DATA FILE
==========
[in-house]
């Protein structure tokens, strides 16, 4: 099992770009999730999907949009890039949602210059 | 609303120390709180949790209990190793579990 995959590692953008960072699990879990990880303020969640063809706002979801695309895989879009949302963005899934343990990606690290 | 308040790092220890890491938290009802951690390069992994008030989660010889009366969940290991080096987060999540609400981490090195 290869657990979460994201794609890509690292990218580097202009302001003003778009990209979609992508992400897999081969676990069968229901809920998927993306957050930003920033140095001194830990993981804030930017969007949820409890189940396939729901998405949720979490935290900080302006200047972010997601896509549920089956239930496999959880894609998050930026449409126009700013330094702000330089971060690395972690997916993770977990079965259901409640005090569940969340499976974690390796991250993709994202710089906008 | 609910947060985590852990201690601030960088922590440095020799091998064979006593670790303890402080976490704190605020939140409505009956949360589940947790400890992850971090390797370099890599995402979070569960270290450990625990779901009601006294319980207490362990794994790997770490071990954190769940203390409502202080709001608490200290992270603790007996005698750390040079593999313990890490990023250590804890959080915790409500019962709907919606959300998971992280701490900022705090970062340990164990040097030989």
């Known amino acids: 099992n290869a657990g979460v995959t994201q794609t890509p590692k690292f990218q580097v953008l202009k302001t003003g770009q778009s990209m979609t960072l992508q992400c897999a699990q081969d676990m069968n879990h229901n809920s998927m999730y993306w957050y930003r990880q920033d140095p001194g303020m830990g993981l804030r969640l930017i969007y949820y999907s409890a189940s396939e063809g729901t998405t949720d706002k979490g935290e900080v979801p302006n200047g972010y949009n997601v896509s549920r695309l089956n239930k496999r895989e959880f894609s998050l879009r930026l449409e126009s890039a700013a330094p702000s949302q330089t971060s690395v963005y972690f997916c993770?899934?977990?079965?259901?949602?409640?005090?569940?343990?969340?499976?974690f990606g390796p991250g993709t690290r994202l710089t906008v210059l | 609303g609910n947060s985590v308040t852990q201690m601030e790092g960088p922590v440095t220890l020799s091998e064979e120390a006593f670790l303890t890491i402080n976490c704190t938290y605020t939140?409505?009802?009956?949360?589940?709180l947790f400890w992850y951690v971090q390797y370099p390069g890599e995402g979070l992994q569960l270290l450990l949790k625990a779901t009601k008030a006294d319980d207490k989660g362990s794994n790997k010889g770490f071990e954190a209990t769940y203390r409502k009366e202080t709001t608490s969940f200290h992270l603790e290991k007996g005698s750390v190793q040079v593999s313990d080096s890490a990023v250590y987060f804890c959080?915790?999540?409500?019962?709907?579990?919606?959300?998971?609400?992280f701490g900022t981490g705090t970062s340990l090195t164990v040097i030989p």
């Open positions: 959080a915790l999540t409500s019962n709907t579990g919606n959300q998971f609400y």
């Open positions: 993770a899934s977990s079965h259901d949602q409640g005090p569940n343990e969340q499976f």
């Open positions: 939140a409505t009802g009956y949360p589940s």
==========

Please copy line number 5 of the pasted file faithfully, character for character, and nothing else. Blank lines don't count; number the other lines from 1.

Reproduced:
């Open positions: 993770a899934s977990s079965h259901d949602q409640g005090p569940n343990e969340q499976f």